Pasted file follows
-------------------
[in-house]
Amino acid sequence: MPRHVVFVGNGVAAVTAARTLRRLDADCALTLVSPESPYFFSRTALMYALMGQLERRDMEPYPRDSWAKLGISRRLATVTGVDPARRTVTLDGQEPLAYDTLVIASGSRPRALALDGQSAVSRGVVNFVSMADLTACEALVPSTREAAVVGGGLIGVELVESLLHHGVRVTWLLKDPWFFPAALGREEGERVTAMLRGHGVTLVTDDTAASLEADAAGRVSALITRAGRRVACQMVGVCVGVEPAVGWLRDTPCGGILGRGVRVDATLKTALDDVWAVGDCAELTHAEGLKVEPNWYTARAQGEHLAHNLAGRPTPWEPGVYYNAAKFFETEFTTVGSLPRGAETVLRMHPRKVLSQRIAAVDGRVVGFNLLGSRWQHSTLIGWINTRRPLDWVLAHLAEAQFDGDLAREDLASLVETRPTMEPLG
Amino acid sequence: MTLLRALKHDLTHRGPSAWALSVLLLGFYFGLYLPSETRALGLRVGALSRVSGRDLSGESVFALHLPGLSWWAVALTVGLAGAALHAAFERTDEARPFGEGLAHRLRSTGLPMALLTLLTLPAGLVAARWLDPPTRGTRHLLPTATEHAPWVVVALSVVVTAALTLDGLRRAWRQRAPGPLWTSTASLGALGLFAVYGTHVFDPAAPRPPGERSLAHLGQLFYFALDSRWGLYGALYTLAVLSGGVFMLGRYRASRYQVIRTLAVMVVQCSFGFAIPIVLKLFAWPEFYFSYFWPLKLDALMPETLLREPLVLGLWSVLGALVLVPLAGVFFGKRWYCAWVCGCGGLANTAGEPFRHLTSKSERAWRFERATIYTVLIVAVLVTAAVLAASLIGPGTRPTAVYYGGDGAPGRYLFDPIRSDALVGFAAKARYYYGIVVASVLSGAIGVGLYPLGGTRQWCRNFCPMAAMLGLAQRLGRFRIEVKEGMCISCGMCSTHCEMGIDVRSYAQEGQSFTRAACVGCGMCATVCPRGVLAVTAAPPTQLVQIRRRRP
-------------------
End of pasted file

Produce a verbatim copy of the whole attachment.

[in-house]
Amino acid sequence: MPRHVVFVGNGVAAVTAARTLRRLDADCALTLVSPESPYFFSRTALMYALMGQLERRDMEPYPRDSWAKLGISRRLATVTGVDPARRTVTLDGQEPLAYDTLVIASGSRPRALALDGQSAVSRGVVNFVSMADLTACEALVPSTREAAVVGGGLIGVELVESLLHHGVRVTWLLKDPWFFPAALGREEGERVTAMLRGHGVTLVTDDTAASLEADAAGRVSALITRAGRRVACQMVGVCVGVEPAVGWLRDTPCGGILGRGVRVDATLKTALDDVWAVGDCAELTHAEGLKVEPNWYTARAQGEHLAHNLAGRPTPWEPGVYYNAAKFFETEFTTVGSLPRGAETVLRMHPRKVLSQRIAAVDGRVVGFNLLGSRWQHSTLIGWINTRRPLDWVLAHLAEAQFDGDLAREDLASLVETRPTMEPLG
Amino acid sequence: MTLLRALKHDLTHRGPSAWALSVLLLGFYFGLYLPSETRALGLRVGALSRVSGRDLSGESVFALHLPGLSWWAVALTVGLAGAALHAAFERTDEARPFGEGLAHRLRSTGLPMALLTLLTLPAGLVAARWLDPPTRGTRHLLPTATEHAPWVVVALSVVVTAALTLDGLRRAWRQRAPGPLWTSTASLGALGLFAVYGTHVFDPAAPRPPGERSLAHLGQLFYFALDSRWGLYGALYTLAVLSGGVFMLGRYRASRYQVIRTLAVMVVQCSFGFAIPIVLKLFAWPEFYFSYFWPLKLDALMPETLLREPLVLGLWSVLGALVLVPLAGVFFGKRWYCAWVCGCGGLANTAGEPFRHLTSKSERAWRFERATIYTVLIVAVLVTAAVLAASLIGPGTRPTAVYYGGDGAPGRYLFDPIRSDALVGFAAKARYYYGIVVASVLSGAIGVGLYPLGGTRQWCRNFCPMAAMLGLAQRLGRFRIEVKEGMCISCGMCSTHCEMGIDVRSYAQEGQSFTRAACVGCGMCATVCPRGVLAVTAAPPTQLVQIRRRRP